Despite the important role of distant-acting transcriptional enhancers in human biology and disease, identifying their location in the genome and determining their in vivo regulatory activities remains a major challenge. There is compelling evidence from a large number of recent genome-wide association studies that variation in noncoding genomic intervals contributes on a substantial scale to a wide range of traits and disorders. However, the paucity of comprehensive enhancer catalogues has largely precluded systematic studies of the underlying regulatory and etiological mechanisms. Accordingly, the central goal of the parent grant and this renewal application is to identify and define the in vivo activities of a sizeable set of enhancers in the human genome to serve as a springboard for broad community access. In funded years 1 through 3 (2006-2009), we established the power of extreme comparative genomics to identify a large collection of putative enhancers and have unambiguously assigned specific in vivo enhancer function to hundreds of human conserved sequences. However, this comparative approach fails to predict a priori which conserved noncoding fragments are indeed enhancers and, if so, where they will be active in vivo, thus requiring massive- scale transgenesis to resolve. More recently, we demonstrated the power of chromatin immuno- precipitation targeting an enhancer-associated transcriptional coactivator (p300) coupled with massively parallel next generation sequencing (ChIP-Seq) to accurately identify enhancers active directly in mouse tissues. This scalable experimental approach has assigned putative enhancer function to thousands of noncoding regions, thereby dramatically expanding access to genome-wide sets of enhancers active in particular cell types or tissues. However, while p300 represents a remarkable epigenomic marker for enhancer identification in vivo, it is just one member of a larger class of transcriptional co-activators and only marks subsets of known enhancers. Based on these findings, the present proposal involves the extension of these ChIP-Seq studies to 11 prioritized transcriptional co-activators followed by validation of enhancer predictivity for each epigenomic mark through a series of high-throughput transgenic mouse assays. It is anticipated that public access to these data sets will significantly fill our void in gene regulatory annotation of the human genome and to decipher how variation in these sequences causes human disease.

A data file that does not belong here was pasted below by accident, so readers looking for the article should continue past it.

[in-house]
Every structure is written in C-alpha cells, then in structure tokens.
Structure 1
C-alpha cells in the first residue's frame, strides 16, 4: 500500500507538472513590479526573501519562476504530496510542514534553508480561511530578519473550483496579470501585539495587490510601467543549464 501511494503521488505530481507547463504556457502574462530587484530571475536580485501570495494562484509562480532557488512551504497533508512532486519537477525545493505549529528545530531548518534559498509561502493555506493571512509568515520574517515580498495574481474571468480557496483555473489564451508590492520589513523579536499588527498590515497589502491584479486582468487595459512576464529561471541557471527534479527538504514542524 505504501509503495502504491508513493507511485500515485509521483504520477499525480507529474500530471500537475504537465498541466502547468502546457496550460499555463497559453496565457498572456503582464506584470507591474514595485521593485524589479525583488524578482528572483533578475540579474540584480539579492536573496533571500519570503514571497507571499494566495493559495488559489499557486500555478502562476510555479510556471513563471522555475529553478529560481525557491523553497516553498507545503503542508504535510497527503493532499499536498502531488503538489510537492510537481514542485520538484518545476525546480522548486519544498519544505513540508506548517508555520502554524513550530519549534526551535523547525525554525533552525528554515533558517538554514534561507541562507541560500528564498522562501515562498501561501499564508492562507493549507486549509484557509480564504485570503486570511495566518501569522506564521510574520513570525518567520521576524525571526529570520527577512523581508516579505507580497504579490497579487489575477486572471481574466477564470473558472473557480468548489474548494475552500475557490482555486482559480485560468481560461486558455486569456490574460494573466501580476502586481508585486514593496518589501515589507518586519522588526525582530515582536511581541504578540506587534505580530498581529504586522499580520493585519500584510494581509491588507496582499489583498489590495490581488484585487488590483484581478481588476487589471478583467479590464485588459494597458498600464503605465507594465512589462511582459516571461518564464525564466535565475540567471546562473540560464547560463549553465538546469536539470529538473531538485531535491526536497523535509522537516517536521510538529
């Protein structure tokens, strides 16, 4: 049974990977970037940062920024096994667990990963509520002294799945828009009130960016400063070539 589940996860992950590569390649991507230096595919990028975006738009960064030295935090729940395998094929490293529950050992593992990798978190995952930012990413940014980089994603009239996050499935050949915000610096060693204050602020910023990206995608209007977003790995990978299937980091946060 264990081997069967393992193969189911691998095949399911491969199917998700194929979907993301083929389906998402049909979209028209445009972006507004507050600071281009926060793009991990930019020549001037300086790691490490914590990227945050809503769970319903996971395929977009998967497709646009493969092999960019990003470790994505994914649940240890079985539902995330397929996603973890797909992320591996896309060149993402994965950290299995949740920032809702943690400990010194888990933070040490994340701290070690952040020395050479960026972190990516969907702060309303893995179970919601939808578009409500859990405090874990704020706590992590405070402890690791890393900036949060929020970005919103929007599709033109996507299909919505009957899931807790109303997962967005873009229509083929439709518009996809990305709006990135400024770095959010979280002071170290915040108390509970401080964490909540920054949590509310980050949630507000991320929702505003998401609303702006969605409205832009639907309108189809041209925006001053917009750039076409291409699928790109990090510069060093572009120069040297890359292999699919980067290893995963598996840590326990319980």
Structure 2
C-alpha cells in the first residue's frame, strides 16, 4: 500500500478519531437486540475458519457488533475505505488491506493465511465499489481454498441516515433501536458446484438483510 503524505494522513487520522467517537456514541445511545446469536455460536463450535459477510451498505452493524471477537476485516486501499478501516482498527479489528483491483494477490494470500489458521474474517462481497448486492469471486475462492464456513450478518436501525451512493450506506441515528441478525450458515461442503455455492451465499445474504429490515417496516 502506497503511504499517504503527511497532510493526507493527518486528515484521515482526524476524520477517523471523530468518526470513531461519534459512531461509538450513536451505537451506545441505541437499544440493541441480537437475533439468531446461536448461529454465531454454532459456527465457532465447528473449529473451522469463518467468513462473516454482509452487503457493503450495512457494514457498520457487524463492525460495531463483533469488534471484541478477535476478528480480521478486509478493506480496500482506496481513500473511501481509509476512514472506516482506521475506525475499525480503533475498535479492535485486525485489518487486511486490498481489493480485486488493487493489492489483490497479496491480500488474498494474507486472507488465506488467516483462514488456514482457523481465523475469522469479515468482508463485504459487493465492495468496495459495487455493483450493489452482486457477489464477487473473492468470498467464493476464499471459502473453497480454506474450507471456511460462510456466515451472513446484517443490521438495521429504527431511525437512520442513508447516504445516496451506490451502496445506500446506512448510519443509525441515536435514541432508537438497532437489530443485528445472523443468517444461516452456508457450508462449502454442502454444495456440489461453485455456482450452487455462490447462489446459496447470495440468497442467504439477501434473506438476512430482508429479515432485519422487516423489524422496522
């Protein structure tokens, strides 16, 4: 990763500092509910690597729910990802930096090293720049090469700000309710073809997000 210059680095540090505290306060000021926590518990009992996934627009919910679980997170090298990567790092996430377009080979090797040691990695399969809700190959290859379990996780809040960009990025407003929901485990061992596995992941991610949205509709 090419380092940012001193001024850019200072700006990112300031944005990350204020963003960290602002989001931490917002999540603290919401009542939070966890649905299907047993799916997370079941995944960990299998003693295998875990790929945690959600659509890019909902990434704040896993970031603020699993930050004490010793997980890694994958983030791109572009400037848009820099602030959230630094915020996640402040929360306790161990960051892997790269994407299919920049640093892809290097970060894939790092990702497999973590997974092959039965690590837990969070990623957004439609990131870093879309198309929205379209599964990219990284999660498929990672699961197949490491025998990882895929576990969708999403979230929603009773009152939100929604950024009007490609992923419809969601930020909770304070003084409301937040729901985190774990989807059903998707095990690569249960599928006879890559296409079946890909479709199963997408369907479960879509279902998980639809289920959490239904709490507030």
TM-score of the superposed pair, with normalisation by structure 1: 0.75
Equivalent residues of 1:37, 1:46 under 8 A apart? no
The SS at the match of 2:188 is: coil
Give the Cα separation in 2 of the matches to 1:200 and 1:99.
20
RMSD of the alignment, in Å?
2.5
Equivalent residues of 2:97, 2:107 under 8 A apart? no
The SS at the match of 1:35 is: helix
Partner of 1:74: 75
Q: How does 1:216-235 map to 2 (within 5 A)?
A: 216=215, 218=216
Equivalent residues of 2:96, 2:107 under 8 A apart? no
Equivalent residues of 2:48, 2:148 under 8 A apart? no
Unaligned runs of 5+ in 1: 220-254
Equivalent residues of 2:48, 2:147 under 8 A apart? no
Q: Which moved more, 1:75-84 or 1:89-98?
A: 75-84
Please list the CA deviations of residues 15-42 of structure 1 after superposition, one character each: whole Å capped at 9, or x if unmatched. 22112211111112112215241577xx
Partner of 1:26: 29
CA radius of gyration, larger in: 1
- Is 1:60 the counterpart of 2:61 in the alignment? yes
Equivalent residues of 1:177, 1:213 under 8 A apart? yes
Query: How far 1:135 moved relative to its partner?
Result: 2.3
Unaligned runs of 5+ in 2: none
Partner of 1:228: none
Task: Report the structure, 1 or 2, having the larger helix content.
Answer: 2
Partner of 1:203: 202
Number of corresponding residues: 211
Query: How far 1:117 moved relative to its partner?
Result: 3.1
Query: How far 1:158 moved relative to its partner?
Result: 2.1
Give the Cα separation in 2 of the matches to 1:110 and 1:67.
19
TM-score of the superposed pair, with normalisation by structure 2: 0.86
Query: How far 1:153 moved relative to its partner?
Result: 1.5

Public Health Relevance

The generation of the entire human genome sequence serves as a routine starting point for a huge investigator base and has aided in defining the majority of genes in our genome. However, our understanding of the sequences that regulate these genes is meager, despite their presumed alterations in human disease. Here, we propose to identify and test epigenomic marks of DNA for their ability to act as gene regulatory sequences in transgenic mice. The identification of positive signatures of enhancers in vivo is expected to significantly fill our void in gene regulatory annotation of the human genome and to decipher their mutation as a cause of human disease.

Agency
National Institute of Health (NIH)
Institute
National Human Genome Research Institute (NHGRI)
Type
Research Project (R01)
Project #
5R01HG003988-08
Application #
8516553
Study Section
Special Emphasis Panel (ZRG1-GGG-M (91))
Program Officer
Feingold, Elise A
Project Start
2006-09-26
Project End
2014-06-30
Budget Start
2013-07-01
Budget End
2014-06-30
Support Year
8
Fiscal Year
2013
Total Cost
$1,082,698
Indirect Cost
$385,712
Name
Lawrence Berkeley National Laboratory
Department
None
Type
Organized Research Units
DUNS #
078576738
City
Berkeley
State
CA
Country
United States
Zip Code
94720
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Aldiri, Issam; Ajioka, Itsuki; Xu, Beisi et al. (2015) Brg1 coordinates multiple processes during retinogenesis and is a tumor suppressor in retinoblastoma. Development 142:4092-106

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